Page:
A short history of the Internet

The chances are that one of the first things you do in the morning is to check your phone for messages and notifications that came in while you were asleep. Maybe you’re also checking the status of your portfolio or sending an obligatory “GM” to your followers on Twitter.

While cooking your morning coffee, you might already start your laptop or read the news on a tablet. If you work remotely, you’ll spend most of the time online.

The Internet is omnipresent in our lives, and we’ve become ever-more so reliant on it during the pandemic when all we could do was connect online. Imagine staying in lockdown, and your only entertainment would’ve come out of offline sources. Arguably, remote working would be impossible without it, let alone cryptocurrencies.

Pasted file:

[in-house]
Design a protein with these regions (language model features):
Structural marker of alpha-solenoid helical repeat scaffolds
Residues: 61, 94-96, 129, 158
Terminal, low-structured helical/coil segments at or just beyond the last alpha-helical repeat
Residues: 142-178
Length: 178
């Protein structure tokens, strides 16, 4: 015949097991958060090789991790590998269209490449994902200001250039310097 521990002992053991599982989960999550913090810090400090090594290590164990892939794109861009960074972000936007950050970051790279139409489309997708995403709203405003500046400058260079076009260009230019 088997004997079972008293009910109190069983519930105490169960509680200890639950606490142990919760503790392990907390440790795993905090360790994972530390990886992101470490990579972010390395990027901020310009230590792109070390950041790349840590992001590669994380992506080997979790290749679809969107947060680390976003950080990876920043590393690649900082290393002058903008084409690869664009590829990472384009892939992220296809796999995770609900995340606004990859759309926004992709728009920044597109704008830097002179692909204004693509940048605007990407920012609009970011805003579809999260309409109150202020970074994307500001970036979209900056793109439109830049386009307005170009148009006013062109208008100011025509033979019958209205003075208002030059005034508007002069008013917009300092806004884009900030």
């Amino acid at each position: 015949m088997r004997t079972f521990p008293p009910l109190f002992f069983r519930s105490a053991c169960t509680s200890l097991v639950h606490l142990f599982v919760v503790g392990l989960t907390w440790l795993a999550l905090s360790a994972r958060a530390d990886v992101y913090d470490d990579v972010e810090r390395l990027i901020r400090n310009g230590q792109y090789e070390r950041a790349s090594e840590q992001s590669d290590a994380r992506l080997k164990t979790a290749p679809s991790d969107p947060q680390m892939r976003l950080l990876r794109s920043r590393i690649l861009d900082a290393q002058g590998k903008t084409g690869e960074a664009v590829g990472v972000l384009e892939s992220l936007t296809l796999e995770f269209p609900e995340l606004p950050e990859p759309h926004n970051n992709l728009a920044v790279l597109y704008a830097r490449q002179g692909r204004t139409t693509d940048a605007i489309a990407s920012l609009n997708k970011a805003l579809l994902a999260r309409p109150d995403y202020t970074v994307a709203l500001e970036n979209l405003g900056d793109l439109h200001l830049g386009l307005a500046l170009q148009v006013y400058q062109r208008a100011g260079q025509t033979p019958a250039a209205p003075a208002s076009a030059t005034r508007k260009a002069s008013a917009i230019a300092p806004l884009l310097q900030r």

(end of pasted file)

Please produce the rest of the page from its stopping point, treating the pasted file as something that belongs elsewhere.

In January 2021, 4.66 billion people used the Internet; out of those, 4.32 billion also used the Internet on their mobile, and a staggering 4.2 billion used Social Media to keep up with their peers (Source: Statista). Looking at the numbers, using the Internet means being active on social networks for a vast majority.

The Internet has become such a big part of our lives that we don’t spend much time thinking about how it has evolved, which has genuinely been at an impressive pace.

In the early 90s, estimates suggest that just 0.5% of the world population (smaller back then) were online. Even during the infamous dot-com crash, just around 7% of the world population was online. Now, it’s more than 59% within roughly two decades.

“Internet is a technology of freedom, in the terms coined by Ithiel de Sola Pool in 1973, coming from a libertarian culture, ironically financed by the US Department of Defense.”

Today, on October 29th, we celebrate World Internet Day. This day honors the first-ever communication between two computers and is the basis for all we do online in the 21st century. But how did we get here?